Sakuma v. Association of Apartment Owners of The Tropics at Waikele et al

Filing 15

ORDER GRANTING DEFENDANT JUDGE KAREN N. BLONDINS 11 MOTION TO DISMISS: "...All claims against Judge Blondin are barred by the doctrine of absolute judicial immunity and are DISMISSED.." Signed by Chief JUDGE HELEN GILLMOR on January 13, 2009. (bbb, )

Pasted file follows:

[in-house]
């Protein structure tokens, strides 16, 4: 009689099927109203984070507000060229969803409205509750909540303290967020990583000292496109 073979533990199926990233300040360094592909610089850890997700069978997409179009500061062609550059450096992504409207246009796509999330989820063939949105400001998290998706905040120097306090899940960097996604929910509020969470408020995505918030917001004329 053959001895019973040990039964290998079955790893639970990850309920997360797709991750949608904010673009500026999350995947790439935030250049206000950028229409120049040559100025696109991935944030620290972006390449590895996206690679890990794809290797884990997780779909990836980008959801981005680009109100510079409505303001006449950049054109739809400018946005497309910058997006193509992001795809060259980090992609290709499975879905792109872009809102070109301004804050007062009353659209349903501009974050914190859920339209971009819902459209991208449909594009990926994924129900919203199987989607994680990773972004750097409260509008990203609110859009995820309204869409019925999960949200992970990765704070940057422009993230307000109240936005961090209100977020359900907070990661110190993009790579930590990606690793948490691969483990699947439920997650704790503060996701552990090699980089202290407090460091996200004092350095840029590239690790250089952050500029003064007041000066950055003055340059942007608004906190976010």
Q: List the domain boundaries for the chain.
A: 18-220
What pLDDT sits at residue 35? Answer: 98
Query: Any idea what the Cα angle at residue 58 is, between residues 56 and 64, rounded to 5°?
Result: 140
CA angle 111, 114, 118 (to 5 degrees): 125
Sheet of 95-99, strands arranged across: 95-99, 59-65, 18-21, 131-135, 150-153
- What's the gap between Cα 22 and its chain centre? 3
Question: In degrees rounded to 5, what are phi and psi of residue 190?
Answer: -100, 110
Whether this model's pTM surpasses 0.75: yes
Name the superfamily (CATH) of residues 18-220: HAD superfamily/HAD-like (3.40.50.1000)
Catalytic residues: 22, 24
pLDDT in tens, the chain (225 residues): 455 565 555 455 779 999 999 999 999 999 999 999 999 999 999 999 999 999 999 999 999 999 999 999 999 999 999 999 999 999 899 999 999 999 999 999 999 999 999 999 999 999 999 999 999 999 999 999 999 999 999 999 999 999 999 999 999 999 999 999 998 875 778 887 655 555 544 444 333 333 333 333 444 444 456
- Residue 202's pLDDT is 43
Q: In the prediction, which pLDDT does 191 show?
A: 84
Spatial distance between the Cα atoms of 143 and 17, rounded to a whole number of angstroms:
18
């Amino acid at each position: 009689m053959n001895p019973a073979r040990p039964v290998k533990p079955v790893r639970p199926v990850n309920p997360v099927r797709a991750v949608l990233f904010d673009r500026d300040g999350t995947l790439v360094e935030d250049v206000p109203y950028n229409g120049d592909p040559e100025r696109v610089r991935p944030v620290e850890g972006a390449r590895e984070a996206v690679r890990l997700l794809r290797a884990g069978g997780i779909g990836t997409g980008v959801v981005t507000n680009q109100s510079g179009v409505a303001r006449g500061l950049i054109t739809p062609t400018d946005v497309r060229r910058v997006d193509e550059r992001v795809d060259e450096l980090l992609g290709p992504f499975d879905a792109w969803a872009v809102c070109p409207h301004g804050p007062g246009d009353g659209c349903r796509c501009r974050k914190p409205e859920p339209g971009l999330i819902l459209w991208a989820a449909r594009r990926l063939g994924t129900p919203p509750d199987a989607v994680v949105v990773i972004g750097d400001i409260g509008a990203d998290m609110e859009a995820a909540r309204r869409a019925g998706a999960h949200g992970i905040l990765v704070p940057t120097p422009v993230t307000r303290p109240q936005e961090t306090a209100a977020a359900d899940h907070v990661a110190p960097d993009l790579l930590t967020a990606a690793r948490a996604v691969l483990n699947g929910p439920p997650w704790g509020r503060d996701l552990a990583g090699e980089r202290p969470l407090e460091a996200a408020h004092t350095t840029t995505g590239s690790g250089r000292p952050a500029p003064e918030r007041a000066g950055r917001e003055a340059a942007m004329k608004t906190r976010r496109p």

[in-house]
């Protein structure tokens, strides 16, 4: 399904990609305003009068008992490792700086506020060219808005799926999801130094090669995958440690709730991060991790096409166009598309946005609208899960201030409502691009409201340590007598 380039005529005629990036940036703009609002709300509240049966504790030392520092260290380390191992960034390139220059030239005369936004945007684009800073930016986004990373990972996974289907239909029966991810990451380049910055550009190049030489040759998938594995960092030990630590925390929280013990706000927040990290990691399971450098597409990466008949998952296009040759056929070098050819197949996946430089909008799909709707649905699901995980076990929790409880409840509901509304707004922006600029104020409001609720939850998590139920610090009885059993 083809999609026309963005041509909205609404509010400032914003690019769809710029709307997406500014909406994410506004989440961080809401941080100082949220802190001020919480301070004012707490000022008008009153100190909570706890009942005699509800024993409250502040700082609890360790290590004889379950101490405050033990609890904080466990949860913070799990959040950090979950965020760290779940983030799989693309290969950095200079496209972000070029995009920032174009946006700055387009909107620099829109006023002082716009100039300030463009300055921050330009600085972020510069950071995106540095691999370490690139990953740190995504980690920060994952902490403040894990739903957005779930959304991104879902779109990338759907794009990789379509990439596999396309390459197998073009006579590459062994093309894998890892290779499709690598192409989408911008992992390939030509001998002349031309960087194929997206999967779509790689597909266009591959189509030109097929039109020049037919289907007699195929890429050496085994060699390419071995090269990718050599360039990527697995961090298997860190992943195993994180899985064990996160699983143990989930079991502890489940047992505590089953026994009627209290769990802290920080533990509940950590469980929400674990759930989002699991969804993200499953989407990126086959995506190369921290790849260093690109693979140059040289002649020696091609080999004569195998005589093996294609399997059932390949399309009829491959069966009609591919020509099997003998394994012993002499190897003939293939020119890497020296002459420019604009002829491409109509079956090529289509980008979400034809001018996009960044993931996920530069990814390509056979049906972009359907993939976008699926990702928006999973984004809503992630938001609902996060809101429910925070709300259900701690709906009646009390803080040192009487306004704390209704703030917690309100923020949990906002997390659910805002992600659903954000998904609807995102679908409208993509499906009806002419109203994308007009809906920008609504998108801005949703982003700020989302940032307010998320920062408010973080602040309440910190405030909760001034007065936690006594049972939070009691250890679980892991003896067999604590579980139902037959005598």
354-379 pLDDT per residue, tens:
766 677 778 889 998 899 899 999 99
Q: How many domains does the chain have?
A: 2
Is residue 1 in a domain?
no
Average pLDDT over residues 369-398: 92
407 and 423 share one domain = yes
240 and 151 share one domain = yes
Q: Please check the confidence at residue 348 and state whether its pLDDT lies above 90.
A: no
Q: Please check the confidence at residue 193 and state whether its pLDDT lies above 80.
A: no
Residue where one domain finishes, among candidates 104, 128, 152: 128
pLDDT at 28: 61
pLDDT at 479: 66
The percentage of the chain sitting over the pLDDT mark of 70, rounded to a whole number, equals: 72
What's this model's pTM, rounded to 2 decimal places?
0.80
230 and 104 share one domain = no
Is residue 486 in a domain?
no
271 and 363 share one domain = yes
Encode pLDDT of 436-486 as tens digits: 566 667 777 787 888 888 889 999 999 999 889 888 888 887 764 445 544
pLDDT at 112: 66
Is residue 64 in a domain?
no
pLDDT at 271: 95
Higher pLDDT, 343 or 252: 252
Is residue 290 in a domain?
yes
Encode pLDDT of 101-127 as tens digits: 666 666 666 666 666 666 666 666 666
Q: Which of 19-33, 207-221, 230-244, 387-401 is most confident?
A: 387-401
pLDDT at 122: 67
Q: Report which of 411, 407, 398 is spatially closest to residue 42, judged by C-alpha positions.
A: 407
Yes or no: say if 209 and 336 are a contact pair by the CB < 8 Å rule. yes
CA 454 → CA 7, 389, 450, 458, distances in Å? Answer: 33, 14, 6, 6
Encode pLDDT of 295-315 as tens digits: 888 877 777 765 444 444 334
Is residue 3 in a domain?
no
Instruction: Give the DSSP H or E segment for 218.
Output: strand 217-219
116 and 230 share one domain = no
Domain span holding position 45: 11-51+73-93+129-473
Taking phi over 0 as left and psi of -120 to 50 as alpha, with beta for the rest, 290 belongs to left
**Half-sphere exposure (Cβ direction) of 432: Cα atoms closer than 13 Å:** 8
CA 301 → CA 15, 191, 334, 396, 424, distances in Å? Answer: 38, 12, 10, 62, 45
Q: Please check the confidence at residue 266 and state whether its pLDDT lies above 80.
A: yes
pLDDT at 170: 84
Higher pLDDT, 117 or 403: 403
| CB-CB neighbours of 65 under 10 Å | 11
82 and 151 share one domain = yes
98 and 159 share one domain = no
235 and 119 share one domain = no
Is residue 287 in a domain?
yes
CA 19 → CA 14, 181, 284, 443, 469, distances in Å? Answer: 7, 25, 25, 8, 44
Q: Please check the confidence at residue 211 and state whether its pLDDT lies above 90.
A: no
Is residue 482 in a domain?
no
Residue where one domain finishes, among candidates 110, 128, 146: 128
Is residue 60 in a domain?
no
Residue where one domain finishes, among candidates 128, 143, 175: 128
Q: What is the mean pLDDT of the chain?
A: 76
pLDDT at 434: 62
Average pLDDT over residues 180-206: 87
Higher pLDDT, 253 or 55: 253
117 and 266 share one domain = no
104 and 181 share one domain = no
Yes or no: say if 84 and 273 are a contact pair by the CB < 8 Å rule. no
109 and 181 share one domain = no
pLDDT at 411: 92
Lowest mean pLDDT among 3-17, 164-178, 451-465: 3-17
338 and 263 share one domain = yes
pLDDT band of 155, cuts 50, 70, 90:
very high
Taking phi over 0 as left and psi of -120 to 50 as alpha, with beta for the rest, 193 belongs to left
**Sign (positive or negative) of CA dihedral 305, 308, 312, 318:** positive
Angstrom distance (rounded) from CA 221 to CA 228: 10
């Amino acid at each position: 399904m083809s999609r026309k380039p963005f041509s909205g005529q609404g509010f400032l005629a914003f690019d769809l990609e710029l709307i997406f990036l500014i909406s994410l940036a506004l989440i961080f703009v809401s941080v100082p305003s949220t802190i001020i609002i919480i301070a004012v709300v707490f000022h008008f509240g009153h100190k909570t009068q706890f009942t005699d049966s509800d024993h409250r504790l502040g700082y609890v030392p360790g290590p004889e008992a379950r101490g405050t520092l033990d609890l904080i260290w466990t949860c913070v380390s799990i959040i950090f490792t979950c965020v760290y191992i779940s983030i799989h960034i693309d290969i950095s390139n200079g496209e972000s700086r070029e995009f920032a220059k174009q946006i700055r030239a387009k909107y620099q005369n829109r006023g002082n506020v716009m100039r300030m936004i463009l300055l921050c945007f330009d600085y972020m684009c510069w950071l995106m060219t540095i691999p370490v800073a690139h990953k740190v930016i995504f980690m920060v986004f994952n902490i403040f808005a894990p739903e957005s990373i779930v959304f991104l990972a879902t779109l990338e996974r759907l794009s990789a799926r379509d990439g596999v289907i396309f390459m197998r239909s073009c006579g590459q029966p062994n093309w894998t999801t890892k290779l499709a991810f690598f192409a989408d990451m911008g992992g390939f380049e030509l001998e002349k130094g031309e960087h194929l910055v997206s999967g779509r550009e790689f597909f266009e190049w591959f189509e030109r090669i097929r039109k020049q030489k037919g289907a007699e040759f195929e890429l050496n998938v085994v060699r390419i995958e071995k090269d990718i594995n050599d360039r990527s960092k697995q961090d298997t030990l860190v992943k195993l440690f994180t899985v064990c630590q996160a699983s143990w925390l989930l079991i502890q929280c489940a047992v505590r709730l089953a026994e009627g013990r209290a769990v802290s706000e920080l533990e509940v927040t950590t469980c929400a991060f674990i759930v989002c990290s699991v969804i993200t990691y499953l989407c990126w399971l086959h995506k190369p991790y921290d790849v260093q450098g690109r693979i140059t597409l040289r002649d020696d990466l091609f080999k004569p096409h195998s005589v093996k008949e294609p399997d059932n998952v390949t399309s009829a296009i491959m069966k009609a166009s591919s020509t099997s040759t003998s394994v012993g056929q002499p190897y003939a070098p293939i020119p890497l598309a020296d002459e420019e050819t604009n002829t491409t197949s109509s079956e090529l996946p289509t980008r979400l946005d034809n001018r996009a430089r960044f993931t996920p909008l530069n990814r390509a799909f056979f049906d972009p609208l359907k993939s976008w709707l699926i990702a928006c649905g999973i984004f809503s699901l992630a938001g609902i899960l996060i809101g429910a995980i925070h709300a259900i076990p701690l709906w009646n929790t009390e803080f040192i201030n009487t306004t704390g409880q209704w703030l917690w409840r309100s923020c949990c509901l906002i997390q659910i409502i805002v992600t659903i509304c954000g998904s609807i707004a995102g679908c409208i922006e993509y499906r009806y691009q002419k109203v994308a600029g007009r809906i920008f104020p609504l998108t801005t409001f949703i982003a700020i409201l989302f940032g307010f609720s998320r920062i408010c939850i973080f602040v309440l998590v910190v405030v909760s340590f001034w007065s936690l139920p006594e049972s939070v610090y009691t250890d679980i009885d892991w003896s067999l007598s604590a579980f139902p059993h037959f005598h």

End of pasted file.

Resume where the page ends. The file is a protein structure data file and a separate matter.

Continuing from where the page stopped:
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IN THE UNITED STATES DISTRICT COURT FOR THE DISTRICT OF HAWAII PATSY N. SAKUMA, an individual, ) ) Plaintiff, ) ) vs. ) ) ASSOCIATION OF CONDOMINIUM ) OWNERS OF TROPICS AT WAIKELE, ) by its Board of Directors, THE ) HONORABLE CIRCUIT JUDGE KAREN ) N. BLONDIN, COMMISSIONER JAMES ) S. KOMETANI, ) ) Defendants. ) _______________________________ ) CIVIL NO. 08-00502 HG KSC ORDER GRANTING DEFENDANT JUDGE KAREN N. BLONDIN'S MOTION TO DISMISS Judge Karen N. Blondin moves for dismissal of the Complaint as to all claims asserted against her. Judge Blondin alleges She also alleges the absolute judicial immunity bars the claims. Complaint fails to state a claim upon which relief can be granted. For the reasons set forth below, Defendant's motion to dismiss is GRANTED. PROCEDURAL HISTORY On November 5, 2008, Plaintiff Patsy N. Sakuma ("Sakuma") filed the Complaint. (Doc. 1.) On December 2, 2008, the Defendant Judge Karen N. Blondin 1 ("Judge Blondin") filed a Motion To Dismiss. (Doc. 11.) On December 3, 2008, the Court issued an Order, pursuant to Local Rule 7.2(d), indicating the Motion To Dismiss would be decided without a hearing. (Doc. 12.) (Doc. On December 18, 2008, Sakuma filed an Opposition. 13.) BACKGROUND Plaintiff Patsy N. Sakuma ("Sakuma") is the owner of a condominium located in the Tropics at Waikele. Sakuma alleges she rents the condominium to her family, which includes her disabled mother. (Complaint at 1 and 2, Doc. 1.) In a prior case, the Association Of Condominium Owners Of Tropics At Waikele ("AOCO Tropics") brought a foreclosure action against Sakuma in the District Court of the First Circuit, Ewa Division, Civil No. 1RC01-5514, when she failed to pay her condominium maintenance fees. Sakuma removed the first foreclosure action to the United States District Court for the District of Hawaii, as Civil No. 02-00147. The first foreclosure action was then dismissed on October 1, 2002, by stipulation of the parties after execution of a settlement agreement. (Complaint at 5, Doc. 1; Order of dismissal, Doc. 10 in Civ. No. 02-00147.) The case before the Court here, filed by Sakuma, stems from a second foreclosure action filed in the Circuit Court of the 2 First Circuit, State of Hawaii, by AOCO Tropics in which judgment was entered against Sakuma. Doc. 1.) Sakuma's Complaint alleges the AOCO Tropics filed the underlying state foreclosure action when Sakuma stopped paying the monthly maintenance fees for her condominium. 7, and 9.) (Id. at 6, (Complaint at 9 and 10 on pg. 4, According to the Complaint Sakuma stopped the payments of fees a second time in response to the public HandiVan's refusal to enter the condominium's private driveway to pick up Sakuma's mother. The allegation is that the HandiVan had refused to pick up Sakuma's mother because there was a lack of HandiVan parking and because there were complaints from neighbors. (Id. at 6 and 7.) Sakuma's Complaint asserts that the second foreclosure action by AOCO Tropics is barred by the previous settlement agreement entered into by AOCO Tropics and Sakuma in the federal case Civ. No. 02-00147 HG LEK, 2002. (Id. at 11 on pg. 6.) The foreclosure order in the underlying state case was issued by Judge Blondin as Judge of the Circuit Court of the First Circuit, State of Hawaii. (Id. at 10 on pg. 4.) The claims set out against Judge Blondin in the Complaint here allege the state court lacked subject matter jurisdiction over the foreclosure, and lacked personal jurisdiction over Patsy N. Sakuma. (Id. at 10 on pg. 4, and 11 and 13 on pgs. 6-7.) 3 STANDARD OF REVIEW The Court may dismiss a complaint as a matter of law pursuant to Fed.R.Civ.P., Rule 12(b)(6) where it fails "to state a claim upon which relief can be granted." Rule 8(a)(2) of the Fed.R.Civ.P. requires "a short and plain statement of the claim showing that the pleader is entitled to relief." A complaint must "give the defendant fair notice of what the . . . claim is and the grounds upon which it rests." Bell Atl. Corp. v. Twombly, 127 S.Ct. 1955, 1964 (2007) (internal citation and quotation marks omitted). A motion to dismiss under Federal Rule of Civil Procedure 12(b)(6) "tests the legal sufficiency of a claim." Navarro v. Block, 250 F.3d 729, 732 (9th Cir. 2001). When assessing the legal sufficiency of a plaintiff's claims, the Court must presume all factual allegations of material fact to be true and draw all reasonable inferences in favor of the non-moving party. Stoner v. Santa Clara County Office of Educ., 502 F.3d 1116, 1120-21 (9th Cir. 2007); Scheuer v. Rhodes, 416 U.S. 232, 236 (1974) (the complaint must be liberally construed, giving the plaintiff the benefit of all proper inferences). Conclusory allegations of law and unwarranted inferences, though, are insufficient to defeat a motion to dismiss. Pareto v. F.D.I.C., 139 F.3d 696, 699 (9th Cir. 1998); In re VeriFone Securities Litigation, 11 F.3d 865, 868 (9th Cir. 1993) 4 (conclusory allegations and unwarranted inferences are insufficient to defeat a motion to dismiss for failure to state a claim); Western Mining Council v. Watt, 643 F.2d 618, 624 (9th Cir.), cert. denied, 454 U.S. 1031 (1981) (the Court does not "necessarily assume the truth of legal conclusions merely because they are cast in the form of factual allegations"). Additionally, the Court need not accept as true allegations that contradict matters properly subject to judicial notice or allegations contradicting the exhibits attached to the complaint. Sprewell v. Golden State Warriors, 266 F.3d 979, 988 (9th Cir. 2001). Although the Federal Rules adopt a flexible pleading policy, to survive a Rule 12(b)(6) motion to dismiss the factual allegations must be sufficient to raise a right to relief above the speculative level. 1955, 1965 (2007). Bell Atl. Corp. v. Twombly, 127 S. Ct. While detailed factual allegations are not needed, a plaintiff's obligation to provide the grounds of his entitlement to relief requires more than labels, conclusions, or "a formulaic recitation of the elements of a cause of action." Id. at 1964. A complaint must plead "enough facts to state a Id. at 1974. claim to relief that is plausible on its face." Dismissal is appropriate where the complaint lacks a cognizable legal theory or sufficient facts to support a cognizable legal theory. Balistreri v. Pacifica Police Dep't., 901 F.2d 696, 699 5 (9th Cir. 1990). A motion to dismiss under Rule 12(b)(6) should also be granted if an affirmative defense or other bar to relief is apparent from the face of the complaint, such as the absolute immunity of a defendant, claim preclusion, or the statute of limitations. 2 Moore's Federal Practice 12.34[4][b] at 12-99 (Matthew Bender 3d ed.) (citing Kansa Reins. Co. v. Congressional Mortgage Corp., 20 F.3d 1362, 1366 (5th Cir. 1994) (dismissal under Rule 12(b)(6) may be appropriate when successful affirmative defense appears on face of pleadings)). See also Imbler v. Pachtman, 424 U.S. 409, 430-31 (1976) (dismissal under Rule 12(b)(6) appropriate where state prosecuting attorney who acted within scope of his duties in initiating and pursuing criminal prosecution and in presenting state's case was absolutely immune from civil suit for damages under Civil Rights Act of 1871 for alleged deprivations of accused's constitutional rights); TwoRivers v. Lewis, 174 F.3d 987, 991 (9th Cir. 1999) (statute of limitations). ANALYSIS ABSOLUTE JUDICIAL IMMUNITY OF DEFENDANT JUDGE BLONDIN It is well established that judges are absolutely immune from liability for acts done by them in the exercise of their judicial functions. Miller v. Davis, 521 F.3d 1142, 1145 (9th Cir. 2008); Mullis v. Bankr. Ct. for the Dist. of Nevada, 828 6 F.2d 1385, 1388 (9th Cir. 1987), cert. denied, 486 U.S. 1040 (1988) (judges are absolutely immune from civil liability for damages for their judicial acts.). The doctrine of absolute judicial immunity is based on the policy that "judges should be at liberty to exercise their functions with independence and without fear of consequences." Pierson v. Ray, 386 U.S. 547, 554 As the (1967) (applying judicial immunity to 1983 action). United States Supreme Court explained in the case of Forester v. White: If judges were personally liable for erroneous decisions, the resulting avalanche of suits, most of them frivolous, but vexatious, would provide powerful incentives for judges to avoid rendering decisions likely to provoke such suits. The resulting timidity would be hard to detect or control and would manifestly detract them from independent and impartial adjudication. Forester v. White, 484 U.S. 219, 226-27 (1988). Judicial immunity is an immunity from suit, not just from ultimate assessment of damages. (1991). Mireles v. Waco, 502 U.S. 9, 11 "Accordingly, judicial immunity is not overcome by allegations of bad faith or malice, the existence of which ordinarily cannot be resolved without engaging in discovery and eventual trial." Id. Judicial immunity applies "however erroneous the act may have been, and however injurious in its consequences it may have proved to the plaintiff." Moore v. Brewster, 96 F.3d 1240, 1243-44 (9th Cir. 1996) (superceded by statute on other grounds). "Grave procedural errors or acts in 7 excess of judicial authority do not deprive a judge of this immunity." Id. (quoting Schucker v. Rockwood, 846 F.2d 1202, Even 1204 (9th Cir. 1988), cert. denied, 488 U.S. 995 (1988)). if the judges acted incorrectly, with improper motive, or as part of a conspiracy, they are immune from suit for acts performed pursuant to their official functions. "[J]udges of courts of superior or general jurisdiction are not liable to civil actions for their judicial acts, even when such acts are in excess of their jurisdiction, and are alleged to have been done maliciously or corruptly." Stump v. Sparkman, 435 U.S. 349, 355, 356-57 (1978) (citation omitted); Pierson, 386 U.S. at 554 ("[I]mmunity applies even when the judge is accused of acting maliciously and corruptly"). Two limitations on the doctrine of judicial immunity exist. First, Judges are absolutely immune from civil liability for actions taken in their official capacities, unless committed in the complete absence of all jurisdiction. Mireles, 502 U.S. at 11-12; Stump, 435 U.S. at 360; Pierson, 386 U.S. at 554. Here, Judge Blondin is sued for actions performed as a judge of the Circuit Court of the First Circuit, State of Hawaii. Sakuma's allegations relate to Defendant's issuance of an order approving the auction of her condominium by a commissioner. As a state circuit court judge, Judge Blondin has jurisdiction over state court foreclosure actions brought pursuant to Chapter 667 8 of the Hawaii Revised Statutes. Defendant did not act in the clear absence of all jurisdiction. Second, only judicial acts are protected by absolute judicial immunity. Mireles, 502 U.S. at 12. The United States Supreme Court in Stump explained that "whether an act by a judge is a `judicial' one relate[s] to the nature of the act itself, i.e., whether it is a function normally performed by a judge, and to the expectations of the parties, i.e., whether they dealt with the judge in his judicial capacity." also Forrester, 484 U.S. at 227-229. judicial acts. Stump, 435 U.S. at 362; see Sakuma complains of Judge Blondin's issuance of a foreclosure order against Sakuma is a judicial act protected by judicial immunity. Judge Blondin is entitled to absolute judicial immunity against suit. All claims against Judge Blondin are barred by the doctrine of absolute judicial immunity and are DISMISSED. // // // // // // // 9 CONCLUSION For the foregoing reasons, Judge Blondin's Motion To Dismiss, (Doc. 11), is GRANTED. IT IS SO ORDERED. DATED: January 13, 2009, Honolulu, Hawaii. _/s/ Helen Gillmor_________________ Chief United States District Judge _________________________________________________________________ PATSY N. SAKUMA vs. ASSOCIATION OF CONDOMINIUM OWNERS OF TROPICS AT WAIKELE, by its Board of Directors, THE HONORABLE CIRCUIT JUDGE KAREN N. BLONDIN, COMMISSIONER JAMES S. KOMETANI, Civ. No. 08-00502 HG KSC; ORDER GRANTING DEFENDANT JUDGE KAREN N. BLONDIN'S MOTION TO DISMISS 10